Why do you need a software prototype

A prototype is something that often gets associated with physical products and manufacturing. However, it is in fact something used all the time in software development – and it’s becoming more and more prominent in the agreement process.


What is a software prototype?

A software prototype can be described as a visual presentation of the functionality. When developers work on a software project, it is common to have a mock-up version created to show clients just to make sure it is exactly in line with how it is imagined.

Why are prototypes needed?

Most people want their software developed, finished, installed and ready to use as soon as possible. But there can often be a temptation to focus on the core functionality. This can often leave lots of cracks in the software that don’t get attention until the system starts being used. At this point it can often be very expensive to go back and fix these fundamental issues that are often built into the backbone of the system.

This is where prototypes really come into their own. It helps eliminate all these potential problems and gaps – and address them as a part of the main development focus.

Visualise the software with a working model

With the help of prototypes, the client as well as the developer can see clearly how the various features come together and work. Nothing is assumed and nothing gets overlooked.

There are three key stages of how we typically work with software prototyping:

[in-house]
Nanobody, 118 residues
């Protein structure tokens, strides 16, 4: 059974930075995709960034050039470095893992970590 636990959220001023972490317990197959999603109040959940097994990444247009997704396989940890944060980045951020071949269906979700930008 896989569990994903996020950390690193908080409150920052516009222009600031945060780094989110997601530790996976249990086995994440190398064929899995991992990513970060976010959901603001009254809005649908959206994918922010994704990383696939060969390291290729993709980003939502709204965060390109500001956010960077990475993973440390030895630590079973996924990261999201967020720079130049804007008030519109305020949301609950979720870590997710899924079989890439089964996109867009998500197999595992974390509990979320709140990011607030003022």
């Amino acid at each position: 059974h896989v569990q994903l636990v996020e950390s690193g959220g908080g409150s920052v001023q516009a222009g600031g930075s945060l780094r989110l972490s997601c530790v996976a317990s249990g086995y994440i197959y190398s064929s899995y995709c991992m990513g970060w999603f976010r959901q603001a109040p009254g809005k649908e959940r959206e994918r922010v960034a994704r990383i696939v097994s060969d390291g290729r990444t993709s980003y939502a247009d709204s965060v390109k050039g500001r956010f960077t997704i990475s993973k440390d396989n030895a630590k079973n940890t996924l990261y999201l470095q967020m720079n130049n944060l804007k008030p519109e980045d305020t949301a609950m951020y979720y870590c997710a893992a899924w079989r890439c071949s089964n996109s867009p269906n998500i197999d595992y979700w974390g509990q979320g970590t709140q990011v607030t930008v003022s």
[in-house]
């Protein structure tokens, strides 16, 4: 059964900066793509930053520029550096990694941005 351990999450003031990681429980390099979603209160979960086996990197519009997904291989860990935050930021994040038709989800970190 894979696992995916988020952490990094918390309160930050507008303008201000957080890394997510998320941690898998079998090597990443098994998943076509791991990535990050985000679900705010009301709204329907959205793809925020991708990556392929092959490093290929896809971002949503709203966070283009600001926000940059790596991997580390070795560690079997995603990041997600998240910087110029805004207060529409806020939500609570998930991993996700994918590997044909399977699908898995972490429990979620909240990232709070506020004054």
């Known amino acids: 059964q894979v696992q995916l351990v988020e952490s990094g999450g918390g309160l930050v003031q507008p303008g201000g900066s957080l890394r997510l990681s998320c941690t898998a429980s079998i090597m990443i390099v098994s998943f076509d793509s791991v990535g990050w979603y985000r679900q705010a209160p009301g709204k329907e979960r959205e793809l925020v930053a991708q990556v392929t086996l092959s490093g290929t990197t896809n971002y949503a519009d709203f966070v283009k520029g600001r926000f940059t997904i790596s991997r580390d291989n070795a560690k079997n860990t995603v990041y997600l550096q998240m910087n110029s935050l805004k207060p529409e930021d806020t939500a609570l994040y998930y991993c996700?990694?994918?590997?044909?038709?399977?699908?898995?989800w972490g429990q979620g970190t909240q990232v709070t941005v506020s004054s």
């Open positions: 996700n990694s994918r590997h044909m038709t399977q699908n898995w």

• Requirement mapping

    • When creating a prototype, the process always starts with working through requirements in explicit detail

  • Prototype creation

    • With the help of visual tools, the developers often make a functioning model, albeit rudimentary in essence. The prototype will aim to help identify the workflow required in the final build

  • Specification

    • Adding this stage to the prototype often plays a valuable part in the project as it helps transfer the knowledge from the minds of the developers and stakeholders into a documented blueprint. This then becomes the groundwork for a user guide, where each area of the application is identified and explained.

A software prototype is the key to quality

The prototype and functional specification document work together as perfect complements to outline the end product in as much detail as possible. For us they improve our quality assurance and maintain our vision in line with yours, and for you they help you feel confident that the end product is exactly as desired